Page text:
The book I'm currently reading on my phone makes pretty much no sense to me at all. I feel like I'd understand just as much if it were written in French. I can't even put my finger on what it is, it's just that I feel like I'm reading words strung together as opposed to a story.
I considered abandoning it, but I try not to do that PLUS it's a quick read, at least. It looks like I'm about 40% through the words. It's a book of short stories, and I'm pretty sure the last story was about someone's daughter who seemed nice. Seriously, that's all I got.
At any rate, I know most readers are much more likely to throw in the towel if a book isn't doing it for them. Do you have any special rule of thumb? I think I read somewhere recently that page number 26 is the magic number - if the book still sucks on page 26, give it up.
However, I have finished a few books that luckily were more than just words strung together...
You Think It, I'll Say It by Curtis Sittenfeld
Yuck, what the hell was this? Read this book if you like reading about people on high horses who do immoral things. A total dud, although a good reminder to people who need it (not me) that just because someone interacts with you does not mean that they want to sleep with you. Too bad, because the writing style was lovely.
Bachelor Nation by Amy Kaufman
I’ve never seen The Bachelor and probably never will. TV isn’t really my thing. Sometimes Jeff and I will turn on HGTV and make fun of people talking about “space” and “entertaining” for a half hour or so and that’s about all I do anymore. Plus, I’m too cynical to buy in to reality TV and have been known to tick off those around me by announcing, “The producer TOLD them to say that!” after pretty much every line. I’m no fun!
The author is both snarky and fun, but wow – she really did her homework. She provides all sorts of insights including the (interesting) history of tv dating shows, the psychology of why people buy into this particular show, and of course all of the fascinating details about what it is like to be a part of the Bachelor – from the online application to putting life back together after it’s all over. She’s never personally been a contestant, as she doesn’t fit the mold, but she makes up for it with gobs of research and interviews.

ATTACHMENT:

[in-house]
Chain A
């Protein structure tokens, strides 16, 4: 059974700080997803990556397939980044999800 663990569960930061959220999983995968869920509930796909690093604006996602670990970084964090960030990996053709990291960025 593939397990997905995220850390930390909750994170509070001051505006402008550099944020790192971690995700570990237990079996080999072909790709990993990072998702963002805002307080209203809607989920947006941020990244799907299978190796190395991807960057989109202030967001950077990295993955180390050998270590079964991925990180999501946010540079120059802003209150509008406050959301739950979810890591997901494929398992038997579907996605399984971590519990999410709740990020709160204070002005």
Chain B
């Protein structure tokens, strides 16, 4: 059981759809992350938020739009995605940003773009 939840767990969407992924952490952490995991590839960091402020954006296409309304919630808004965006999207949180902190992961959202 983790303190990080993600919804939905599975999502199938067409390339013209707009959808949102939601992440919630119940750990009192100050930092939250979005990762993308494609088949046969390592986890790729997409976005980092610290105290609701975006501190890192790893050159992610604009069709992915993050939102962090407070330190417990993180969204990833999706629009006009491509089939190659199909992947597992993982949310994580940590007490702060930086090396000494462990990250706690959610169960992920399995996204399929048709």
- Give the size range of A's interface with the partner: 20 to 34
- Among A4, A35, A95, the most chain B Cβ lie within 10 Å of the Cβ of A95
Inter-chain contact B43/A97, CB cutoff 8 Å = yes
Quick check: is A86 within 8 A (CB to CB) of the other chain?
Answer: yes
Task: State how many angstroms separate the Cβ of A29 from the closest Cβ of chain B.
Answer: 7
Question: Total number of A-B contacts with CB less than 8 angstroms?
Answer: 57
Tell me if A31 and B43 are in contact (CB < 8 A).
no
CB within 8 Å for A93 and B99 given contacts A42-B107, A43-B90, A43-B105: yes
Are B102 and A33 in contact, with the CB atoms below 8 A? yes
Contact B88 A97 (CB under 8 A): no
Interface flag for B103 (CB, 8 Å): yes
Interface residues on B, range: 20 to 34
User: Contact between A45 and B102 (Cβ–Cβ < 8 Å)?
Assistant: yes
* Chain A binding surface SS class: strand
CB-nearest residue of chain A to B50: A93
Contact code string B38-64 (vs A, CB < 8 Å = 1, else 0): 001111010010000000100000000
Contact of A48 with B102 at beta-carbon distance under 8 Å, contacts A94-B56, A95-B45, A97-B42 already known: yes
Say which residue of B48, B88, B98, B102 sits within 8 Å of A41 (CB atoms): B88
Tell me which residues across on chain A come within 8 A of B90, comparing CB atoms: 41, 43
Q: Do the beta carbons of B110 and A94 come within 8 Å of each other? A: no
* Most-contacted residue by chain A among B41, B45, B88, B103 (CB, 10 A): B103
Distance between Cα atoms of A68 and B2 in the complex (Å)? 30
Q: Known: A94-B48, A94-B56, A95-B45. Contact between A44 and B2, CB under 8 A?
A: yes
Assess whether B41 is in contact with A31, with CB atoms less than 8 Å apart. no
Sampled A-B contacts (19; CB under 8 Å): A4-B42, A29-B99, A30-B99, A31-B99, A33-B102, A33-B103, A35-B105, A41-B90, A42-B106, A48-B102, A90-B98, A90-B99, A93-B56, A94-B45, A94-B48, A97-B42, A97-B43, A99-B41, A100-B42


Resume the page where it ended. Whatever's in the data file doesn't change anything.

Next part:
I really enjoyed this, and would recommend it to fans of the show or to those horrified by the reality that such shows exist. The ending could’ve used some pizzazz, but definitely no reason not to give this book a rose (ugh, that hurts to type, but there it is).
The Last Romantics by Tara Conklin
I love family sagas and deep dives into relationships among siblings. While I loved those aspects of this novel, I really felt like it could’ve been so much more for me personally if I liked the characters. All of the siblings were pretty frustrating and so much was covered that nothing was truly explored. Plus, random stuff would happen for no reason. One of the siblings just decides that it’s too hard to keep loving her husband so she leaves him and that was NBD. Then the ending shared that the moral of the story is that romantic love doesn’t really exist. Or something. I don’t know, but my love for this book didn’t exist. Such a shame, because it really could have. I want to re-write it – the Kimberly Scheirer version.
Next up: I've started the latest book club book. So far it's pretty good, but it requires extra focus, so it might take a while. Also, 60% more to go on my word stories nonsense, unless you all convince me to abandon ship. I'm also soon to be reading a graphic novel about.....pregnancy!
Have a great week in reading!
Mom of four, wife of one. By day I fund-raise with coffee, by night I read with wine and chocolate.